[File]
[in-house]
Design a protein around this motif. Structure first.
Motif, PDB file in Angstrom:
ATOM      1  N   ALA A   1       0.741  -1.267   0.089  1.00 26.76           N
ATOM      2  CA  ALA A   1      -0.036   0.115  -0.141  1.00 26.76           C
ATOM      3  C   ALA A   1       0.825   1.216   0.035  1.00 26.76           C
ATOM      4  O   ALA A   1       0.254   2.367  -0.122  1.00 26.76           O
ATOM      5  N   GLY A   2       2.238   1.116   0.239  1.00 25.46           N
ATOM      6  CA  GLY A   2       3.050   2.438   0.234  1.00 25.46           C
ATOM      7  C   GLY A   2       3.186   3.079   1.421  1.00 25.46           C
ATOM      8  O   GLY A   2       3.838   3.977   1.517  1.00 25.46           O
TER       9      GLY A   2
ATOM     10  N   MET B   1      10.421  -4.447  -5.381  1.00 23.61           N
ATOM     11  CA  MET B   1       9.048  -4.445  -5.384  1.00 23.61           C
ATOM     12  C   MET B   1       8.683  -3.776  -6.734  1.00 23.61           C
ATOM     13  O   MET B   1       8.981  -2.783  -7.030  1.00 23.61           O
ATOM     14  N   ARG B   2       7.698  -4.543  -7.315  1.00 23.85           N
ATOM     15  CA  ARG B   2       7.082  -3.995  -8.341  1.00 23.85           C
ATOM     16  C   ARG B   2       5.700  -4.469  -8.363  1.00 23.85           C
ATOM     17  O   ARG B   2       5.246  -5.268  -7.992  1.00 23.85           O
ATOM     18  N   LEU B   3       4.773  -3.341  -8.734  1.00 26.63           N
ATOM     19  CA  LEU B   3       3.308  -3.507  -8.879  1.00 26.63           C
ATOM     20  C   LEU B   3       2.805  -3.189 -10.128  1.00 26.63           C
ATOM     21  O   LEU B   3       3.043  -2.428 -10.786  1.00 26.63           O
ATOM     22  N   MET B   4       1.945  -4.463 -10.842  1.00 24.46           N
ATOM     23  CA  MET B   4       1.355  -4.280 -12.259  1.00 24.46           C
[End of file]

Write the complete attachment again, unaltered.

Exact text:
[in-house]
Design a protein around this motif. Structure first.
Motif, PDB file in Angstrom:
ATOM      1  N   ALA A   1       0.741  -1.267   0.089  1.00 26.76           N
ATOM      2  CA  ALA A   1      -0.036   0.115  -0.141  1.00 26.76           C
ATOM      3  C   ALA A   1       0.825   1.216   0.035  1.00 26.76           C
ATOM      4  O   ALA A   1       0.254   2.367  -0.122  1.00 26.76           O
ATOM      5  N   GLY A   2       2.238   1.116   0.239  1.00 25.46           N
ATOM      6  CA  GLY A   2       3.050   2.438   0.234  1.00 25.46           C
ATOM      7  C   GLY A   2       3.186   3.079   1.421  1.00 25.46           C
ATOM      8  O   GLY A   2       3.838   3.977   1.517  1.00 25.46           O
TER       9      GLY A   2
ATOM     10  N   MET B   1      10.421  -4.447  -5.381  1.00 23.61           N
ATOM     11  CA  MET B   1       9.048  -4.445  -5.384  1.00 23.61           C
ATOM     12  C   MET B   1       8.683  -3.776  -6.734  1.00 23.61           C
ATOM     13  O   MET B   1       8.981  -2.783  -7.030  1.00 23.61           O
ATOM     14  N   ARG B   2       7.698  -4.543  -7.315  1.00 23.85           N
ATOM     15  CA  ARG B   2       7.082  -3.995  -8.341  1.00 23.85           C
ATOM     16  C   ARG B   2       5.700  -4.469  -8.363  1.00 23.85           C
ATOM     17  O   ARG B   2       5.246  -5.268  -7.992  1.00 23.85           O
ATOM     18  N   LEU B   3       4.773  -3.341  -8.734  1.00 26.63           N
ATOM     19  CA  LEU B   3       3.308  -3.507  -8.879  1.00 26.63           C
ATOM     20  C   LEU B   3       2.805  -3.189 -10.128  1.00 26.63           C
ATOM     21  O   LEU B   3       3.043  -2.428 -10.786  1.00 26.63           O
ATOM     22  N   MET B   4       1.945  -4.463 -10.842  1.00 24.46           N
ATOM     23  CA  MET B   4       1.355  -4.280 -12.259  1.00 24.46           C